Self-harm on the rise at detention centres


In April, refugee rights activists from Perth and other parts of Australia attempted to visit asylum seekers held in the Curtin detention centre. Leading the protest action were the asylum seekers themselves, who went on hunger strike. Why is there so much underlying tension within the system of mandatory detention?

In many ways, the system has become more punitive under the ALP government than what it was under Howard. What we saw and experienced at Curtin was typical of all immigration detention centres. They are designed to isolate asylum seekers from the general population, to break their spirits and contain their anger. They produce nothing but despair and isolation and are one of the darkest chapters in Australia’s history. The majority of people who have been through the system of mandatory detention for any length of time suffer from immense psychological damage and find it difficult to rebuild their lives. It is a system that breaks people, and it’s getting worse.


A SERCO officer on Christmas Island presented Direct Action a used tear gas canister, confirming that tear gas had been used on the island during the unrest that occurred in April. Our source told DA that there were 241 instances of self-harm during that month at Christmas Island alone. Our source had cut down three people who had attempted to hang themselves in one week and witnessed dozens of slashings.

They also recounted an instance in which a teenager has been housed with adults and is being raped. When the officer complained to SERCO management, the answer was: “We know, don’t trouble us with this, he is enjoying it”. Their only response has been to give the young man condoms. He has stopped talking and is unable to do anything except sleep. He is suicidal.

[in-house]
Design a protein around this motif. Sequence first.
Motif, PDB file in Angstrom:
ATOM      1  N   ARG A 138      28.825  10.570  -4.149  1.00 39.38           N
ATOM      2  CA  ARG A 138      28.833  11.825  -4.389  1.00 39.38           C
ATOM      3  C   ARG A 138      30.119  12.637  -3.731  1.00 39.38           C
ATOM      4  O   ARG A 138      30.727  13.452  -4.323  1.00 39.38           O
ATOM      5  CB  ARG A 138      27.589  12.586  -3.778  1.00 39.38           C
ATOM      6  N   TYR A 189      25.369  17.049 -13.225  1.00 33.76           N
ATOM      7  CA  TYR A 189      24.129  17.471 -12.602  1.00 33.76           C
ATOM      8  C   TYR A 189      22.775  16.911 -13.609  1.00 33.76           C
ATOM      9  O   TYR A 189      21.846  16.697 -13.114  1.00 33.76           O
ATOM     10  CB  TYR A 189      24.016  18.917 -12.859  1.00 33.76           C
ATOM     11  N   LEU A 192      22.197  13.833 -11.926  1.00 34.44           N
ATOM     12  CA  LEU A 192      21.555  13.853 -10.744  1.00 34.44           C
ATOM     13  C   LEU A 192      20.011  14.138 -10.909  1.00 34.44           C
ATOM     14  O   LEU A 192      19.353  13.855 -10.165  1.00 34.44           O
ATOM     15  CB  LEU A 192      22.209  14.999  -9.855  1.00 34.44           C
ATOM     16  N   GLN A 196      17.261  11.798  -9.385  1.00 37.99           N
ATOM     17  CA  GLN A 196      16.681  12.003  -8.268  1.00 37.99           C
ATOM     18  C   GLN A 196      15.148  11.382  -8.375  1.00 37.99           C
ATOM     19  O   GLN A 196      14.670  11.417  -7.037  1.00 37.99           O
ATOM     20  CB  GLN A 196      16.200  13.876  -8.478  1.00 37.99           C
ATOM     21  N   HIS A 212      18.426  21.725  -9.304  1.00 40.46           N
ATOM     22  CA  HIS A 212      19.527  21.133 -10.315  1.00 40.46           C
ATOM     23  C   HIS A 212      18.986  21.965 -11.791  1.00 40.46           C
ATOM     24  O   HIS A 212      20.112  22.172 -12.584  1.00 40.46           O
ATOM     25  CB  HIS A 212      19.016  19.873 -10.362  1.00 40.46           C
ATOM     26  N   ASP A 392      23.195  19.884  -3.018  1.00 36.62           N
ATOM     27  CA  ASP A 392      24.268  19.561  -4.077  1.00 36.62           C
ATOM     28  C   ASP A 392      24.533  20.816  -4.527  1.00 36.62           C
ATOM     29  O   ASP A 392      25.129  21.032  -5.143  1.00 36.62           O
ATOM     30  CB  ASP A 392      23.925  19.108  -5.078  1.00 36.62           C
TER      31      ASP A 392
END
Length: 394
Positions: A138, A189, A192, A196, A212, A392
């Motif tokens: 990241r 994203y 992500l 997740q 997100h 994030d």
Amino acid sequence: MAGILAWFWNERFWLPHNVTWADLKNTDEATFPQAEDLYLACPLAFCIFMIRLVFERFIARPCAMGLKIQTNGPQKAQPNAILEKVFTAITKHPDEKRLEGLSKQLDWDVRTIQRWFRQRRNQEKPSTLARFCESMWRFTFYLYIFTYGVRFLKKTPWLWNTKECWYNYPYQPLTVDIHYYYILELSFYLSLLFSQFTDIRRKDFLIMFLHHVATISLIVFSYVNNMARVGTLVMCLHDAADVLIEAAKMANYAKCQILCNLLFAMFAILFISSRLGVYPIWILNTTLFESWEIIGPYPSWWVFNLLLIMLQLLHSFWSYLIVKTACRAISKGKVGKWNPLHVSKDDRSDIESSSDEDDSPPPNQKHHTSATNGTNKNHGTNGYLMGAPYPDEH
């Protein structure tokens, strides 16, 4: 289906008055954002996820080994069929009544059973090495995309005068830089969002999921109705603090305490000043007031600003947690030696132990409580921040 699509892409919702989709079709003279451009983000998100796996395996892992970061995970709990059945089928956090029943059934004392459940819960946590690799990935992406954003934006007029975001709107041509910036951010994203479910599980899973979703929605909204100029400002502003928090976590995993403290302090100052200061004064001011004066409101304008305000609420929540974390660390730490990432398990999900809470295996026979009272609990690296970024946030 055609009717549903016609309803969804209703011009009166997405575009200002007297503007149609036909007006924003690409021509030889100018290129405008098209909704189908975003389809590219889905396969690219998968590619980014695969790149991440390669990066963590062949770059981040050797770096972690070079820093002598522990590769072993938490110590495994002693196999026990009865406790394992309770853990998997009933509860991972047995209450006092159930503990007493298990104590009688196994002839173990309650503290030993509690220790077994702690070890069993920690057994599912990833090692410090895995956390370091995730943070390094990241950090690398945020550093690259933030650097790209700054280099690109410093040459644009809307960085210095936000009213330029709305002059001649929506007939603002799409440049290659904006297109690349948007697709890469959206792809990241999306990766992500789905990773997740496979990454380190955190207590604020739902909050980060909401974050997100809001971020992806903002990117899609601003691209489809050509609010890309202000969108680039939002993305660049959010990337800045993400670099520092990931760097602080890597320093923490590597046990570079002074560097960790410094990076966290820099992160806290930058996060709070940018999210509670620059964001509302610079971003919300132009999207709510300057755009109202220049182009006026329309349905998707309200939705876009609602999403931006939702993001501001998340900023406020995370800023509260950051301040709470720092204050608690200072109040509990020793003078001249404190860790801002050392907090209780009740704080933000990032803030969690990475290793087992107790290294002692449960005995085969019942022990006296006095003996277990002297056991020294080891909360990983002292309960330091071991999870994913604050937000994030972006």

Asylum seekers who have attempted suicide and are showing signs of aggravation are immediately handcuffed and placed into isolation for 24 hours. They are not given access to psychologists, and it is very rare that they are seen by a psychiatrist. They are given very little medical care at all.

Mandatory detention is the highest level of intimidation and repression of the most vulnerable people in our society that the Australian government can get away with. There have been six deaths in immigration detention centres in the last nine months, five of which were suicides.

Arbitrary bureaucracy

The process determining who is a refugee is almost completely arbitrary, with no legal assistance. Asylum seekers can be deported immediately if the Australian Federal Police (AFP) deem their answers at their first interview unsatisfactory. Most refugees have lived through highly traumatic experiences and often suffer from either complete memory loss or fragmented memory, making it difficult to provide consistent information when questioned about their journey, particularly when questioned specifically about the events causing their trauma. These inconsistencies can be used as evidence of a false story to justify rejection.

They may also be arrested for people smuggling if the AFP or the Department of Immigration and Citizenship (DIAC) concludes that they are part of the crew of the boat. There is one man held in a Perth prison convicted of people smuggling for having helped prepare a meal on the boat he was travelling on. He had no connection with so-called people smugglers, who are in any case lowly paid Indonesian fishermen. He will most likely be deported when he has finished his sentence. The Refugee Rights Action Network knows of one case where an Indonesian minor has been imprisoned with adults. Disturbingly, there could be others whom refugee rights advocates are not aware of. They only became aware of the case when they saw the young man outside a courtroom in Perth and questioned him.